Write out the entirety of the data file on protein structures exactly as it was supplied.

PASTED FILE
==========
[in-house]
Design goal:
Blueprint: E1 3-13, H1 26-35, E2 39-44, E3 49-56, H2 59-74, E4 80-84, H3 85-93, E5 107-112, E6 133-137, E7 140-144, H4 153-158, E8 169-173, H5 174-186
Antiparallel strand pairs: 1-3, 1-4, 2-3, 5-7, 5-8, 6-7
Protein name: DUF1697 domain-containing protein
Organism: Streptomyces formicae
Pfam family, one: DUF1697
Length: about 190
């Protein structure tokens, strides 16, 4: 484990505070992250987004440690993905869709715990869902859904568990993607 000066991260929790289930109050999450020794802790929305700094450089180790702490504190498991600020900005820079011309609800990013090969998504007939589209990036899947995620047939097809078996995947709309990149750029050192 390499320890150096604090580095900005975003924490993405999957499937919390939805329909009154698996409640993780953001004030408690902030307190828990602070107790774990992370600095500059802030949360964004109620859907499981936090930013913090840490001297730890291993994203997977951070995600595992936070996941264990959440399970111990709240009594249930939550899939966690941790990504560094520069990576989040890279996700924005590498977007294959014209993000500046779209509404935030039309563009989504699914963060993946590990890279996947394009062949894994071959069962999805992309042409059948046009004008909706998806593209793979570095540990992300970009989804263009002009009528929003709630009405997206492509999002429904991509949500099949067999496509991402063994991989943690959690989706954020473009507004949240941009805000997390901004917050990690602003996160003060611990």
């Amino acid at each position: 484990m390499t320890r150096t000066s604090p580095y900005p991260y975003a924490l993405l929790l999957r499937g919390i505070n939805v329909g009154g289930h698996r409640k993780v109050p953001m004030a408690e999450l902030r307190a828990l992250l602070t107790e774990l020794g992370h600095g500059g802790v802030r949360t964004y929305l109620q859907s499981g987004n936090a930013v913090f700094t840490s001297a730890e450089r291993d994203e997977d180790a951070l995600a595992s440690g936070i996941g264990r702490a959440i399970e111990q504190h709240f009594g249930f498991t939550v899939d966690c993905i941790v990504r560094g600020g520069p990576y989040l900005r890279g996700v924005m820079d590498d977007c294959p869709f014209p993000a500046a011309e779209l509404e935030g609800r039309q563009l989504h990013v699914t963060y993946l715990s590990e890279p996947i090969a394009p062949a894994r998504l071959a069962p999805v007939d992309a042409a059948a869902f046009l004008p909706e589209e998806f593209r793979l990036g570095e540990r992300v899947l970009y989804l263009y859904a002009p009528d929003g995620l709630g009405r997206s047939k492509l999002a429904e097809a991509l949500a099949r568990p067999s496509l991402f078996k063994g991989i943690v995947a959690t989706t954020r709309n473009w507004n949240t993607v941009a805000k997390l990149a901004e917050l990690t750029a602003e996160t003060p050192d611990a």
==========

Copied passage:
[in-house]
Design goal:
Blueprint: E1 3-13, H1 26-35, E2 39-44, E3 49-56, H2 59-74, E4 80-84, H3 85-93, E5 107-112, E6 133-137, E7 140-144, H4 153-158, E8 169-173, H5 174-186
Antiparallel strand pairs: 1-3, 1-4, 2-3, 5-7, 5-8, 6-7
Protein name: DUF1697 domain-containing protein
Organism: Streptomyces formicae
Pfam family, one: DUF1697
Length: about 190
């Protein structure tokens, strides 16, 4: 484990505070992250987004440690993905869709715990869902859904568990993607 000066991260929790289930109050999450020794802790929305700094450089180790702490504190498991600020900005820079011309609800990013090969998504007939589209990036899947995620047939097809078996995947709309990149750029050192 390499320890150096604090580095900005975003924490993405999957499937919390939805329909009154698996409640993780953001004030408690902030307190828990602070107790774990992370600095500059802030949360964004109620859907499981936090930013913090840490001297730890291993994203997977951070995600595992936070996941264990959440399970111990709240009594249930939550899939966690941790990504560094520069990576989040890279996700924005590498977007294959014209993000500046779209509404935030039309563009989504699914963060993946590990890279996947394009062949894994071959069962999805992309042409059948046009004008909706998806593209793979570095540990992300970009989804263009002009009528929003709630009405997206492509999002429904991509949500099949067999496509991402063994991989943690959690989706954020473009507004949240941009805000997390901004917050990690602003996160003060611990």
């Amino acid at each position: 484990m390499t320890r150096t000066s604090p580095y900005p991260y975003a924490l993405l929790l999957r499937g919390i505070n939805v329909g009154g289930h698996r409640k993780v109050p953001m004030a408690e999450l902030r307190a828990l992250l602070t107790e774990l020794g992370h600095g500059g802790v802030r949360t964004y929305l109620q859907s499981g987004n936090a930013v913090f700094t840490s001297a730890e450089r291993d994203e997977d180790a951070l995600a595992s440690g936070i996941g264990r702490a959440i399970e111990q504190h709240f009594g249930f498991t939550v899939d966690c993905i941790v990504r560094g600020g520069p990576y989040l900005r890279g996700v924005m820079d590498d977007c294959p869709f014209p993000a500046a011309e779209l509404e935030g609800r039309q563009l989504h990013v699914t963060y993946l715990s590990e890279p996947i090969a394009p062949a894994r998504l071959a069962p999805v007939d992309a042409a059948a869902f046009l004008p909706e589209e998806f593209r793979l990036g570095e540990r992300v899947l970009y989804l263009y859904a002009p009528d929003g995620l709630g009405r997206s047939k492509l999002a429904e097809a991509l949500a099949r568990p067999s496509l991402f078996k063994g991989i943690v995947a959690t989706t954020r709309n473009w507004n949240t993607v941009a805000k997390l990149a901004e917050l990690t750029a602003e996160t003060p050192d611990a």